The forests of Assam in northeast India provide one of the last strongholds for the endangered Asian elephant, but these forests have some of the highest levels of human-elephant conflict in the world.
Research has shown the importance of refuge sites such as forest patches and tea gardens in determining the spatial patterns of human-elephant conflict, as well as identifying critical thresholds of forest loss which lead to escalations in conflict. Deterrent measures such as electric fences, chilli fences and spotlights have been found to be highly effective.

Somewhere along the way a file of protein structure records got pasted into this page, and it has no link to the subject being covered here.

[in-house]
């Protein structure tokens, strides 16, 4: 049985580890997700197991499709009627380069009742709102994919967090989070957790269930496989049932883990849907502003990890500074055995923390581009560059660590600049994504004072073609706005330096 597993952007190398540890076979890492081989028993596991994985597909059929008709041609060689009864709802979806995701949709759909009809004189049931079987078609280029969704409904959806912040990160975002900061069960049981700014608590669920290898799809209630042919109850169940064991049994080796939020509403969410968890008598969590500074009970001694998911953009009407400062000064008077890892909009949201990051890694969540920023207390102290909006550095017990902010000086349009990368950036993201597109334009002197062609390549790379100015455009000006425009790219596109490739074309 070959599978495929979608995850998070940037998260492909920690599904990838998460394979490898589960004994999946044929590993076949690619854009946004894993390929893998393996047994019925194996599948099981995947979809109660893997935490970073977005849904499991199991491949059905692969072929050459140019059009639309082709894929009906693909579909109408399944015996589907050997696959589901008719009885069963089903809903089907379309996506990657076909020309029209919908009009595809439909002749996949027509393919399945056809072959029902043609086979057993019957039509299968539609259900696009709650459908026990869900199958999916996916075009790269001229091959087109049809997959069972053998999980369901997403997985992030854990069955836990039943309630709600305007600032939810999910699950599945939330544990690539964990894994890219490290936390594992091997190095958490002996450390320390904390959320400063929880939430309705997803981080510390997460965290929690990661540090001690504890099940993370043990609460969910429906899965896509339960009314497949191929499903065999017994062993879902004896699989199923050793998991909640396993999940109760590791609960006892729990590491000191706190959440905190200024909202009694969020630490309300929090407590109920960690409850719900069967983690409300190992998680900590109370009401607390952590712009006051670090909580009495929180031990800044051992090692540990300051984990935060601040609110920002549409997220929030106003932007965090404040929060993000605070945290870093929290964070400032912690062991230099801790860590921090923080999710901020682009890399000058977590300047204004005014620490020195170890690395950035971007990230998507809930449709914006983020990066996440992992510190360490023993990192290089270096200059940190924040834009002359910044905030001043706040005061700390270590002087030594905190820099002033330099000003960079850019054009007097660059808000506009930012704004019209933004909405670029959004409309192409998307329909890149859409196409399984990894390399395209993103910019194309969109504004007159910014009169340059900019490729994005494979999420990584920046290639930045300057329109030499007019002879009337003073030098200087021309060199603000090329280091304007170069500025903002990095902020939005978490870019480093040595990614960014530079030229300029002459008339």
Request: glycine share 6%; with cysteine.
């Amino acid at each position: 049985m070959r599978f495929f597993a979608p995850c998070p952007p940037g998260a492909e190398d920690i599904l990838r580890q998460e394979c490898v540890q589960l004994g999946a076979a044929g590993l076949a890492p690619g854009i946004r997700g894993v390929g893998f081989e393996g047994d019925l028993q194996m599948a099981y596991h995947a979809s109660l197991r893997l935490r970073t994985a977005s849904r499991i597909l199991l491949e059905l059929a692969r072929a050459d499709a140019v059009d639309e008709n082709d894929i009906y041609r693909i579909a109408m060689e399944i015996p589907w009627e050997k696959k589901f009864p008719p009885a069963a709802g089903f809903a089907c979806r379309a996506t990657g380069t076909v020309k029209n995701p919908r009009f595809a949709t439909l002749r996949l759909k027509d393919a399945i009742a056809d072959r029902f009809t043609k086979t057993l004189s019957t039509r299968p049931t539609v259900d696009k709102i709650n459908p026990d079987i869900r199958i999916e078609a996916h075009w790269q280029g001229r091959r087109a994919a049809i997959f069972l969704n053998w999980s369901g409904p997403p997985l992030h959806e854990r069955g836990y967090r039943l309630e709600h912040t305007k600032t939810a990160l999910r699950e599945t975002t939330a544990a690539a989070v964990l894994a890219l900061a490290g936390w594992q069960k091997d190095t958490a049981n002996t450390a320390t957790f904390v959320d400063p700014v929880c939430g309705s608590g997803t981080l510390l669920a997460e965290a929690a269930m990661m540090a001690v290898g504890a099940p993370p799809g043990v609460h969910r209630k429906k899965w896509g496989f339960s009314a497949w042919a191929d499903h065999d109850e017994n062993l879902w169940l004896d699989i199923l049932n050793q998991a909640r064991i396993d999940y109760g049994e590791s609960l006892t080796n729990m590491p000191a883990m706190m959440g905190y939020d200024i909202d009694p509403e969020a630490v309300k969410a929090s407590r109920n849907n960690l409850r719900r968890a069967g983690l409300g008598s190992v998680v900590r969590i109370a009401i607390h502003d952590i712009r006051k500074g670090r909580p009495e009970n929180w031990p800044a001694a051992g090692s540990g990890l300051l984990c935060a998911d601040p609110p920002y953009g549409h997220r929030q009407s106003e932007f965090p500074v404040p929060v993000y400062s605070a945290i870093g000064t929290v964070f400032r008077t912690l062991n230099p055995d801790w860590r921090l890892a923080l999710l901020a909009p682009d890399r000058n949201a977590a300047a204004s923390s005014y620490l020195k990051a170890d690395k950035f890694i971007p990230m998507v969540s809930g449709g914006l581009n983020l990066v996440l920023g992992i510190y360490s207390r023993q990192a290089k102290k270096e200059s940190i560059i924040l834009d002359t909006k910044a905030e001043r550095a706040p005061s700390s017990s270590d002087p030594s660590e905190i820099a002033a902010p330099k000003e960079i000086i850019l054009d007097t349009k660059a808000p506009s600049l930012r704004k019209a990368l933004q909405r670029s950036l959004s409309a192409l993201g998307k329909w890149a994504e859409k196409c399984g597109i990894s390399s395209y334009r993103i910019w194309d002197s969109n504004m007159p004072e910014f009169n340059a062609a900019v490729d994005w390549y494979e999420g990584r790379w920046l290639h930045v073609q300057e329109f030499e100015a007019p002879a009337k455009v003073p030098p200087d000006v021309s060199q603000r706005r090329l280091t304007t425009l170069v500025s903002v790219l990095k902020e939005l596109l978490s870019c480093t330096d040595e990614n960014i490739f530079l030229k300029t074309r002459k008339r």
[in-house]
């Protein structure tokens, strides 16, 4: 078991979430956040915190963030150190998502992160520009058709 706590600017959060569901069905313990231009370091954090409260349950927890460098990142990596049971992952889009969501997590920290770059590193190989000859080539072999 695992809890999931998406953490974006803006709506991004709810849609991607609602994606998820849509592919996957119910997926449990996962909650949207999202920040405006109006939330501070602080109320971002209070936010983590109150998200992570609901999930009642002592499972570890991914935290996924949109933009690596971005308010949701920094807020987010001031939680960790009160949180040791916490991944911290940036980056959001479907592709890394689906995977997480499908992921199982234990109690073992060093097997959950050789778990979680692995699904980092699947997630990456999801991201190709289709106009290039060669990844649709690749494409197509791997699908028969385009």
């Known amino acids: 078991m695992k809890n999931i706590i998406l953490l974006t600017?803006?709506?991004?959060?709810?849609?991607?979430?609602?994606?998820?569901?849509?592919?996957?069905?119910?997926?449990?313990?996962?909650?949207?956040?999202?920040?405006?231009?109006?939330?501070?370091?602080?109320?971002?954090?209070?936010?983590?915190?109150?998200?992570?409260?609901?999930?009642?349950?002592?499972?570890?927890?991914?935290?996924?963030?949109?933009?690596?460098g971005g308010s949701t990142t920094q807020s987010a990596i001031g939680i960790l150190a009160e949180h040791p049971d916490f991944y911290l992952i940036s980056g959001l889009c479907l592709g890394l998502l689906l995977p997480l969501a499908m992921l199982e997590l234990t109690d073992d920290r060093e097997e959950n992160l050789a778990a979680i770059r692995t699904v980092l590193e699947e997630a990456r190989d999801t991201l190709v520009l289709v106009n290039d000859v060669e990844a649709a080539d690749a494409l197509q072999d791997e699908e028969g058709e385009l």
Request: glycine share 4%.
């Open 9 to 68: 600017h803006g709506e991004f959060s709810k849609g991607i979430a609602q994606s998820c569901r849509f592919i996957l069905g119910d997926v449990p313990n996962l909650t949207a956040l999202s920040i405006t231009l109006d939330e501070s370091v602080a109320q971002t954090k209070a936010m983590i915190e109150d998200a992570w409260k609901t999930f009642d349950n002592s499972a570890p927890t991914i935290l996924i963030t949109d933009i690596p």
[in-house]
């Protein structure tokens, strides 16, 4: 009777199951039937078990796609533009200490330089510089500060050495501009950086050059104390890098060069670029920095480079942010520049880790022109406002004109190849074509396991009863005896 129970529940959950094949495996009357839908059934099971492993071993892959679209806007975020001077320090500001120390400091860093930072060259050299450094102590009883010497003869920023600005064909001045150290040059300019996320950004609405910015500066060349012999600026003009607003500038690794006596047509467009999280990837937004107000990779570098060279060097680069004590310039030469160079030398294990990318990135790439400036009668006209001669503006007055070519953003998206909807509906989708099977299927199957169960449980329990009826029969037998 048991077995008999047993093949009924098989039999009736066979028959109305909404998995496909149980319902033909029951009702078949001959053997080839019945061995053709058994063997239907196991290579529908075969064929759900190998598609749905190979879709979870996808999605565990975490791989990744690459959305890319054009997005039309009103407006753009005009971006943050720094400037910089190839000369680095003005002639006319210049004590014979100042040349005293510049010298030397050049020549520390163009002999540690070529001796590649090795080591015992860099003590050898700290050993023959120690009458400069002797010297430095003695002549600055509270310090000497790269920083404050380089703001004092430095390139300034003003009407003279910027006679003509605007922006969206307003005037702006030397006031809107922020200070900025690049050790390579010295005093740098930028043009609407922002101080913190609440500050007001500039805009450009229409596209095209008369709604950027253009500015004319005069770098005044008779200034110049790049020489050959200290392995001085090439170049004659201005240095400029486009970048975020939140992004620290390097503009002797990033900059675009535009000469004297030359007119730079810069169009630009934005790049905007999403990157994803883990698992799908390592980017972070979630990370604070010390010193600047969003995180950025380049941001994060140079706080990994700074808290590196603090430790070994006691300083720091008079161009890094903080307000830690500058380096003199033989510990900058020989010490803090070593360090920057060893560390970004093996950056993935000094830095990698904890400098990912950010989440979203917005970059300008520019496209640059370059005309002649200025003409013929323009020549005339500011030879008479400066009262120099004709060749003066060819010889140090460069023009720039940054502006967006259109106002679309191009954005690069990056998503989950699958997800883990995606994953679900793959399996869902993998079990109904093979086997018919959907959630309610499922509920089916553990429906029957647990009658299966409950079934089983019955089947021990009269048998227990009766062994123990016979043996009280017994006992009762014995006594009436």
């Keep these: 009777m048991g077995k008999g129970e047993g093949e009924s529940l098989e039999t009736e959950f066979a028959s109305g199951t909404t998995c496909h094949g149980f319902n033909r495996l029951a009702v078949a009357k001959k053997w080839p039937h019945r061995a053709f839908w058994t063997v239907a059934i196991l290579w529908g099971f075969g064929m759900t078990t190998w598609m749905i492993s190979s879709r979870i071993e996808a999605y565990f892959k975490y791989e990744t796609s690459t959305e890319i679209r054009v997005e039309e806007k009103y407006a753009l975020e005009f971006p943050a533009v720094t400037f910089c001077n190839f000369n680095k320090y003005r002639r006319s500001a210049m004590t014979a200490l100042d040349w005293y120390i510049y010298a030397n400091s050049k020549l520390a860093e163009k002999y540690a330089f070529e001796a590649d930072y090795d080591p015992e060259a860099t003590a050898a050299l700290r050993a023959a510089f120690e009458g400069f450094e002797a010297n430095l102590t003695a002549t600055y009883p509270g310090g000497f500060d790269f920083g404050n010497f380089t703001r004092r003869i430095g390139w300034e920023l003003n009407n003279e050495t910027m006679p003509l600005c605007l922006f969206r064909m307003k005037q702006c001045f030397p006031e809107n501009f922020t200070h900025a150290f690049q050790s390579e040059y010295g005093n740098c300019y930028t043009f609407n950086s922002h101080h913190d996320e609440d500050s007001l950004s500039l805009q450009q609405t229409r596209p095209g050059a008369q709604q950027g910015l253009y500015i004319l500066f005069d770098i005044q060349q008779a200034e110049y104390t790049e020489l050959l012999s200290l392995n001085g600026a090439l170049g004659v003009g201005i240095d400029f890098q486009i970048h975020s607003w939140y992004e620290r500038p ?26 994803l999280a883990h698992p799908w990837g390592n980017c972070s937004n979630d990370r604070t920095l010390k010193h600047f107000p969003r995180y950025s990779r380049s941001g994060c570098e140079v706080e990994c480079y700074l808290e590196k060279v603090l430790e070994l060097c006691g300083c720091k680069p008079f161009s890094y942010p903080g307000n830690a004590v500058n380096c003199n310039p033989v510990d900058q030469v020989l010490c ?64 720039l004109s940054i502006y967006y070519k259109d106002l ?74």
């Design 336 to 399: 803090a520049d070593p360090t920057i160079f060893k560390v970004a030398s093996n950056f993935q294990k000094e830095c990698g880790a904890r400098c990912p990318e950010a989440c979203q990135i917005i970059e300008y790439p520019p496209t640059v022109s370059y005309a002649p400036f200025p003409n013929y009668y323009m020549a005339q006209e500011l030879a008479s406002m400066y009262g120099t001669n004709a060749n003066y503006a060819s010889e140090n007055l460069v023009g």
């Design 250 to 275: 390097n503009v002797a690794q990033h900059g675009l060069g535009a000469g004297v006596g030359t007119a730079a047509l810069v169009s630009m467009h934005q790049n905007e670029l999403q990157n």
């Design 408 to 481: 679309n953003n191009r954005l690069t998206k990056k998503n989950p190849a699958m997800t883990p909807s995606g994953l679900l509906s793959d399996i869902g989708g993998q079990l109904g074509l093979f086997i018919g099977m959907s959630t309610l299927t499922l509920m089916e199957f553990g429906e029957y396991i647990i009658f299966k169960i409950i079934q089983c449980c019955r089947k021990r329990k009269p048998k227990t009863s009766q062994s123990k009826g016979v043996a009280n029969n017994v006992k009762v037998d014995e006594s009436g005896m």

The key to success in human-elephant conflict mitigation, however, lies not just in the efficacy of the damage control methods, but in investing considerable effort into understanding the cultural and socio-political aspects of the current situation. This allows us to work with the communities to improve livelihoods and ensure their participation in individual conservation activities and the entire process of conflict management.